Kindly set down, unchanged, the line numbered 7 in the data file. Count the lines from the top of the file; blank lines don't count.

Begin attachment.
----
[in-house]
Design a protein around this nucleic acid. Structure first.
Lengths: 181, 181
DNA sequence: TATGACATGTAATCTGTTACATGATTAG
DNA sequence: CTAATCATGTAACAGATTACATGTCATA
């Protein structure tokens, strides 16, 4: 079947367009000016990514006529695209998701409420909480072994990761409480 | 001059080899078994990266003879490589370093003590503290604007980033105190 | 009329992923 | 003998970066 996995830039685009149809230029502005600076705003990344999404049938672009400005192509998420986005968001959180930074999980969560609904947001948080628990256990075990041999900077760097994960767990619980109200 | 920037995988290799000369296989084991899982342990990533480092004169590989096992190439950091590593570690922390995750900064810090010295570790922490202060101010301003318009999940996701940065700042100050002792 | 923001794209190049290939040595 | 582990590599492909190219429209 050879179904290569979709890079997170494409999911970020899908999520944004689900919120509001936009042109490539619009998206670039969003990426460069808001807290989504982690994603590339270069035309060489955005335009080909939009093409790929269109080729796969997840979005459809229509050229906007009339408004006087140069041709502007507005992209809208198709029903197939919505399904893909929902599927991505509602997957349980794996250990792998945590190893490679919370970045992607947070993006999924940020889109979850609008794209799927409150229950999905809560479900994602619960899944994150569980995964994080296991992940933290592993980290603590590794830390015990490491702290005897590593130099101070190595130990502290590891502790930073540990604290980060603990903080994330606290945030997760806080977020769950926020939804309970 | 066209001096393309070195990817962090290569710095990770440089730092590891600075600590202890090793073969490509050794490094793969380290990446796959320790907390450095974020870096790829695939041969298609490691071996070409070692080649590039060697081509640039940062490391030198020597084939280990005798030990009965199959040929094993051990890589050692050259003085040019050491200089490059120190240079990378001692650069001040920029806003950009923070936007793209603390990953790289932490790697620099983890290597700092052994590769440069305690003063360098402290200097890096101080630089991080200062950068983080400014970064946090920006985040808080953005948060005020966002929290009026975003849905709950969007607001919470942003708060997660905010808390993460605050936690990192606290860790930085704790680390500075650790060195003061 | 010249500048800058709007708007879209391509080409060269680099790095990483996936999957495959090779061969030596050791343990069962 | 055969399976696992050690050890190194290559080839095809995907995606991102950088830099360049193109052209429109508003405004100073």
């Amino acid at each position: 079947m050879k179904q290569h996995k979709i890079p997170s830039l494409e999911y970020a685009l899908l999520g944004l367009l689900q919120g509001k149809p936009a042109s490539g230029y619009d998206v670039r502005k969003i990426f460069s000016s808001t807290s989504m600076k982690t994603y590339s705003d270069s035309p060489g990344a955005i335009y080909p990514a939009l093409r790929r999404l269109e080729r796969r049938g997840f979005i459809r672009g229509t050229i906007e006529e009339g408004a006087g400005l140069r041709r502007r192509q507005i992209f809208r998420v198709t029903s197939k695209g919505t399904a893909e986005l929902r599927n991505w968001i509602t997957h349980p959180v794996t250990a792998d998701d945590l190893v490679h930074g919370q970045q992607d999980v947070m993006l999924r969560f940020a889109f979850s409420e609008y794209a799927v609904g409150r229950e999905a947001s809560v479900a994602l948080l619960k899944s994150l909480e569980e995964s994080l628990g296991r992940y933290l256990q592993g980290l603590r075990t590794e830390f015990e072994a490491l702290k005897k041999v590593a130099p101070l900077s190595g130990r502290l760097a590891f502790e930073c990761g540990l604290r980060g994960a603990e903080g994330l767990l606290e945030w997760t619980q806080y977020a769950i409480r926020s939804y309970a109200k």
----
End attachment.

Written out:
């Amino acid at each position: 079947m050879k179904q290569h996995k979709i890079p997170s830039l494409e999911y970020a685009l899908l999520g944004l367009l689900q919120g509001k149809p936009a042109s490539g230029y619009d998206v670039r502005k969003i990426f460069s000016s808001t807290s989504m600076k982690t994603y590339s705003d270069s035309p060489g990344a955005i335009y080909p990514a939009l093409r790929r999404l269109e080729r796969r049938g997840f979005i459809r672009g229509t050229i906007e006529e009339g408004a006087g400005l140069r041709r502007r192509q507005i992209f809208r998420v198709t029903s197939k695209g919505t399904a893909e986005l929902r599927n991505w968001i509602t997957h349980p959180v794996t250990a792998d998701d945590l190893v490679h930074g919370q970045q992607d999980v947070m993006l999924r969560f940020a889109f979850s409420e609008y794209a799927v609904g409150r229950e999905a947001s809560v479900a994602l948080l619960k899944s994150l909480e569980e995964s994080l628990g296991r992940y933290l256990q592993g980290l603590r075990t590794e830390f015990e072994a490491l702290k005897k041999v590593a130099p101070l900077s190595g130990r502290l760097a590891f502790e930073c990761g540990l604290r980060g994960a603990e903080g994330l767990l606290e945030w997760t619980q806080y977020a769950i409480r926020s939804y309970a109200k």